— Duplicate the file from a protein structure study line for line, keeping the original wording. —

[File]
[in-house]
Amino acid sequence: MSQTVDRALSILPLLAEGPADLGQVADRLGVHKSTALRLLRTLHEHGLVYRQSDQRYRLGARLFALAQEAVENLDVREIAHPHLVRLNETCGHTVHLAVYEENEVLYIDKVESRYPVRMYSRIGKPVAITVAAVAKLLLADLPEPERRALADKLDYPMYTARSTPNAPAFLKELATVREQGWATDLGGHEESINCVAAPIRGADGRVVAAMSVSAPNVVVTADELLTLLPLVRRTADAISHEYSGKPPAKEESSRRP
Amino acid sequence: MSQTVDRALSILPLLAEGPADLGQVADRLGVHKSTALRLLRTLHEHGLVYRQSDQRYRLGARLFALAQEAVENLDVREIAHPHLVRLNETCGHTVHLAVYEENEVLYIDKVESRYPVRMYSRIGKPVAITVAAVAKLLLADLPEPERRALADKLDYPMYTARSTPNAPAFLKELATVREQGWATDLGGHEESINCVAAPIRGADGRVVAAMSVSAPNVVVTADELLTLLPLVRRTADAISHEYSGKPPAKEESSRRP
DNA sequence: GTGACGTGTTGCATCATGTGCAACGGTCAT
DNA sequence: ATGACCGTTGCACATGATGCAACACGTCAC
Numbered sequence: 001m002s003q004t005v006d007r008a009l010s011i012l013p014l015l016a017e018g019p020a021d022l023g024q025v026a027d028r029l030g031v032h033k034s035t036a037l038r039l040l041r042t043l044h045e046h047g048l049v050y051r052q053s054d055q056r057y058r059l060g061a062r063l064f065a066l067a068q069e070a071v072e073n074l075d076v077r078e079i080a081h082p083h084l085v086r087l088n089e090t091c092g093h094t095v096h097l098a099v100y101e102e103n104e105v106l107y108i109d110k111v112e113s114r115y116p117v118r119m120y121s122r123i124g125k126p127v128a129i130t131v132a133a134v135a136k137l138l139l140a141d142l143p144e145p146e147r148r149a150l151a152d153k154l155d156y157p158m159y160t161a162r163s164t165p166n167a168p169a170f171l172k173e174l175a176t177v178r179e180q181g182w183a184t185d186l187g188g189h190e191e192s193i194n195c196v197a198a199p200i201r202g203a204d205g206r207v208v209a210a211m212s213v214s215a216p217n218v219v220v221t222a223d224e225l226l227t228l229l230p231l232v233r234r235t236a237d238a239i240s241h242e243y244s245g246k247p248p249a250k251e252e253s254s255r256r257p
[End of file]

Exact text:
[in-house]
Amino acid sequence: MSQTVDRALSILPLLAEGPADLGQVADRLGVHKSTALRLLRTLHEHGLVYRQSDQRYRLGARLFALAQEAVENLDVREIAHPHLVRLNETCGHTVHLAVYEENEVLYIDKVESRYPVRMYSRIGKPVAITVAAVAKLLLADLPEPERRALADKLDYPMYTARSTPNAPAFLKELATVREQGWATDLGGHEESINCVAAPIRGADGRVVAAMSVSAPNVVVTADELLTLLPLVRRTADAISHEYSGKPPAKEESSRRP
Amino acid sequence: MSQTVDRALSILPLLAEGPADLGQVADRLGVHKSTALRLLRTLHEHGLVYRQSDQRYRLGARLFALAQEAVENLDVREIAHPHLVRLNETCGHTVHLAVYEENEVLYIDKVESRYPVRMYSRIGKPVAITVAAVAKLLLADLPEPERRALADKLDYPMYTARSTPNAPAFLKELATVREQGWATDLGGHEESINCVAAPIRGADGRVVAAMSVSAPNVVVTADELLTLLPLVRRTADAISHEYSGKPPAKEESSRRP
DNA sequence: GTGACGTGTTGCATCATGTGCAACGGTCAT
DNA sequence: ATGACCGTTGCACATGATGCAACACGTCAC
Numbered sequence: 001m002s003q004t005v006d007r008a009l010s011i012l013p014l015l016a017e018g019p020a021d022l023g024q025v026a027d028r029l030g031v032h033k034s035t036a037l038r039l040l041r042t043l044h045e046h047g048l049v050y051r052q053s054d055q056r057y058r059l060g061a062r063l064f065a066l067a068q069e070a071v072e073n074l075d076v077r078e079i080a081h082p083h084l085v086r087l088n089e090t091c092g093h094t095v096h097l098a099v100y101e102e103n104e105v106l107y108i109d110k111v112e113s114r115y116p117v118r119m120y121s122r123i124g125k126p127v128a129i130t131v132a133a134v135a136k137l138l139l140a141d142l143p144e145p146e147r148r149a150l151a152d153k154l155d156y157p158m159y160t161a162r163s164t165p166n167a168p169a170f171l172k173e174l175a176t177v178r179e180q181g182w183a184t185d186l187g188g189h190e191e192s193i194n195c196v197a198a199p200i201r202g203a204d205g206r207v208v209a210a211m212s213v214s215a216p217n218v219v220v221t222a223d224e225l226l227t228l229l230p231l232v233r234r235t236a237d238a239i240s241h242e243y244s245g246k247p248p249a250k251e252e253s254s255r256r257p